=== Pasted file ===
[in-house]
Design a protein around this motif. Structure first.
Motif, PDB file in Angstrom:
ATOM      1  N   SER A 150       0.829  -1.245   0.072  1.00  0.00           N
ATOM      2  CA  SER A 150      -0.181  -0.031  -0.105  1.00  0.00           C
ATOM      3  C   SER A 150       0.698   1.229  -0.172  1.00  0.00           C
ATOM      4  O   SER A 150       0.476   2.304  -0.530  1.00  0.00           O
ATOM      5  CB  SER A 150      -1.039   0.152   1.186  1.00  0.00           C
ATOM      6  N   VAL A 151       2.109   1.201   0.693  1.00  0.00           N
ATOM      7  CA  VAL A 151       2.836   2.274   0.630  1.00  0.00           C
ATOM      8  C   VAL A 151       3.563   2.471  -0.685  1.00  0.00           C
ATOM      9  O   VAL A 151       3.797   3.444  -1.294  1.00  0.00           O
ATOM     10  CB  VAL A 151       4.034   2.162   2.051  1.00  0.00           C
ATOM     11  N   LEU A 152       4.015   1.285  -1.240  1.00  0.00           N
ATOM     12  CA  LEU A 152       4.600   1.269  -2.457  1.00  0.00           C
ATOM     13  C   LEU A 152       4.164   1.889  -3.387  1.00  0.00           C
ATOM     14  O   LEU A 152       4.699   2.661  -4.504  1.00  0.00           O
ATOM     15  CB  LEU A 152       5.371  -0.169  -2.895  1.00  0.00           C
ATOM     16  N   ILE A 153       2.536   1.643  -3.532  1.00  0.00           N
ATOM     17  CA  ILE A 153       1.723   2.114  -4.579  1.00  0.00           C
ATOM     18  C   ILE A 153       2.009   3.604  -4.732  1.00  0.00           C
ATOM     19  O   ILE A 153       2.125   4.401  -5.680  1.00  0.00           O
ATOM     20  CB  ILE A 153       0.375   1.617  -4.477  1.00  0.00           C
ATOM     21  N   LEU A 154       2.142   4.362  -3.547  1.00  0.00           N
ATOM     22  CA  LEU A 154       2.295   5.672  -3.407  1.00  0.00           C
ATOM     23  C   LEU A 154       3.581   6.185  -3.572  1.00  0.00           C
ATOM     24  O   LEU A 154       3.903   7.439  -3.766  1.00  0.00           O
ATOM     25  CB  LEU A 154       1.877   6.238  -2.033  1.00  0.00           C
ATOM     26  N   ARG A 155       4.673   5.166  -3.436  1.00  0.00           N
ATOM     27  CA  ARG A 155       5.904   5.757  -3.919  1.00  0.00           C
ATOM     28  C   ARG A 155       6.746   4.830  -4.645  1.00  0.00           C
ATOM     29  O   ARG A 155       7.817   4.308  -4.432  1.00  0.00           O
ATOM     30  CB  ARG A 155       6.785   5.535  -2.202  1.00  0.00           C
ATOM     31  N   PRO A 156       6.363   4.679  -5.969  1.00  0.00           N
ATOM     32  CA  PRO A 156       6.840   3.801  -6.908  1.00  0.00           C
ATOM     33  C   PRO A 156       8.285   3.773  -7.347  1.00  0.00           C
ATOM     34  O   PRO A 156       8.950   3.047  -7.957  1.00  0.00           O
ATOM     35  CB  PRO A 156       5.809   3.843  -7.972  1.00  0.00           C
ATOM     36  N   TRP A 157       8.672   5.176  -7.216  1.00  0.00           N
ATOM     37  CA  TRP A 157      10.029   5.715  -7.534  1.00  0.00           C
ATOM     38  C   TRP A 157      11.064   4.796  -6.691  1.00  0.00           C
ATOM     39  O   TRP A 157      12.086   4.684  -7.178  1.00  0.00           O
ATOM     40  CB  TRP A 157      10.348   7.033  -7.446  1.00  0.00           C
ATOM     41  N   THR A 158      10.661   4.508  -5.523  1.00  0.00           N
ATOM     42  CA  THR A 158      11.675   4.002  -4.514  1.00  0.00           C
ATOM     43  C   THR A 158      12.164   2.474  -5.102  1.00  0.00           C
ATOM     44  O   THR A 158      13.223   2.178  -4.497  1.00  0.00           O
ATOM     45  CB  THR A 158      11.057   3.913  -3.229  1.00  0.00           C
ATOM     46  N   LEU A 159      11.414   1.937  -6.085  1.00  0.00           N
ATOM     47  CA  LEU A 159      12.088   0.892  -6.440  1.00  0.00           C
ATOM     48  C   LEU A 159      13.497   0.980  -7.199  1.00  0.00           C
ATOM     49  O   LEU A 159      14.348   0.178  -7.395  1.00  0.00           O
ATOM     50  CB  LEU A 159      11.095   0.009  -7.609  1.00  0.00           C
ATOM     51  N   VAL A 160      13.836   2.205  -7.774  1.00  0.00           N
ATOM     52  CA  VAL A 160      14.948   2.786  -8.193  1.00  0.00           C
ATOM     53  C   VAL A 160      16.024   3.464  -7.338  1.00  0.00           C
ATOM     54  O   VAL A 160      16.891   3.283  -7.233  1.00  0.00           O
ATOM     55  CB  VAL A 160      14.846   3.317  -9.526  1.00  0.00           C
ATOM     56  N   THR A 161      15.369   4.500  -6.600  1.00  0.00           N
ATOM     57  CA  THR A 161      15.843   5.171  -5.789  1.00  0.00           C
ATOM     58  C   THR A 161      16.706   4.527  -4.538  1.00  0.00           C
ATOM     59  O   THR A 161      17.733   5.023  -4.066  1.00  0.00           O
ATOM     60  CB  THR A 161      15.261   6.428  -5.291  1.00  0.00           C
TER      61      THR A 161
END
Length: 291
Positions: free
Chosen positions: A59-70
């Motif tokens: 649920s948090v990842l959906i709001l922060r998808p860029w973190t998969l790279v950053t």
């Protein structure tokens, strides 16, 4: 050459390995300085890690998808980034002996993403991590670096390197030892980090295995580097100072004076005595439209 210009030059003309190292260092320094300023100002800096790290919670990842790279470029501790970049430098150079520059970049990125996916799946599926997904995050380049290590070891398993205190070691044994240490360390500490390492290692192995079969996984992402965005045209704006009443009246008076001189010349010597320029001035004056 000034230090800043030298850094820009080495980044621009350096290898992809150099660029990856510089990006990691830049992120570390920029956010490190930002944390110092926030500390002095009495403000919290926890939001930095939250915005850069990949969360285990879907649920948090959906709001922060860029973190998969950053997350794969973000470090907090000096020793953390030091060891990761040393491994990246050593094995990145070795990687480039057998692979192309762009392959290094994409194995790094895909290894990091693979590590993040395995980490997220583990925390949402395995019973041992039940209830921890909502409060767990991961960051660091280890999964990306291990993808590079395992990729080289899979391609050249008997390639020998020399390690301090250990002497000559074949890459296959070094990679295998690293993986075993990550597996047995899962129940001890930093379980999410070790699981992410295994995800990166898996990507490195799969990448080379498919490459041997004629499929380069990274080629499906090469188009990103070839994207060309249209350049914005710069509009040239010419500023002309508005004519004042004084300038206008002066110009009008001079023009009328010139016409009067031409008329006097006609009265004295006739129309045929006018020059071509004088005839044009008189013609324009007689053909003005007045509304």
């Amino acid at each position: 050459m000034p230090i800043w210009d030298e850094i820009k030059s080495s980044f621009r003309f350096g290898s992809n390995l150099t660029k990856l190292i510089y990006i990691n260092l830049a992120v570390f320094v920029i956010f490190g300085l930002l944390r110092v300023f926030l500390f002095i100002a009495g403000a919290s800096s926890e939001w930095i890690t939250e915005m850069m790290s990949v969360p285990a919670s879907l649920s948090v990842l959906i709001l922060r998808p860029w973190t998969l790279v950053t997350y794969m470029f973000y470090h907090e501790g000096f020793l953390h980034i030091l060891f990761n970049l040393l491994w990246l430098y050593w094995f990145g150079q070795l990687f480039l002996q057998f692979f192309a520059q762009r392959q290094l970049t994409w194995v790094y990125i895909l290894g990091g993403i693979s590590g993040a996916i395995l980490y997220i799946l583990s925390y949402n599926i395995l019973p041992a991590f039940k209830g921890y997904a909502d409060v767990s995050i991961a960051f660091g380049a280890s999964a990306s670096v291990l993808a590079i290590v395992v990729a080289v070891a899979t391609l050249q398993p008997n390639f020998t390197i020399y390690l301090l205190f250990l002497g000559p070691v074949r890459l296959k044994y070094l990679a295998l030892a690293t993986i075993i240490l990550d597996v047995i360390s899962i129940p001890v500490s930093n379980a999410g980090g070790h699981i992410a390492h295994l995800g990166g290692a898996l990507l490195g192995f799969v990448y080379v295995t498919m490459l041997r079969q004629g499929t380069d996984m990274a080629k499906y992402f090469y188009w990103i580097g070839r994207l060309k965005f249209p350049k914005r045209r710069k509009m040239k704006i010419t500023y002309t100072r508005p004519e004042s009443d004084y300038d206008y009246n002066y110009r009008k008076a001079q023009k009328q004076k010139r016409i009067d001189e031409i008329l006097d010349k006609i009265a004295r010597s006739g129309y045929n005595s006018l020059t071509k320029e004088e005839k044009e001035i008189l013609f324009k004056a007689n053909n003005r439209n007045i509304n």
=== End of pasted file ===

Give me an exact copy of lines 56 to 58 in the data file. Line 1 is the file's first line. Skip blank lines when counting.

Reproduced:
ATOM     53  C   VAL A 160      16.024   3.464  -7.338  1.00  0.00           C
ATOM     54  O   VAL A 160      16.891   3.283  -7.233  1.00  0.00           O
ATOM     55  CB  VAL A 160      14.846   3.317  -9.526  1.00  0.00           C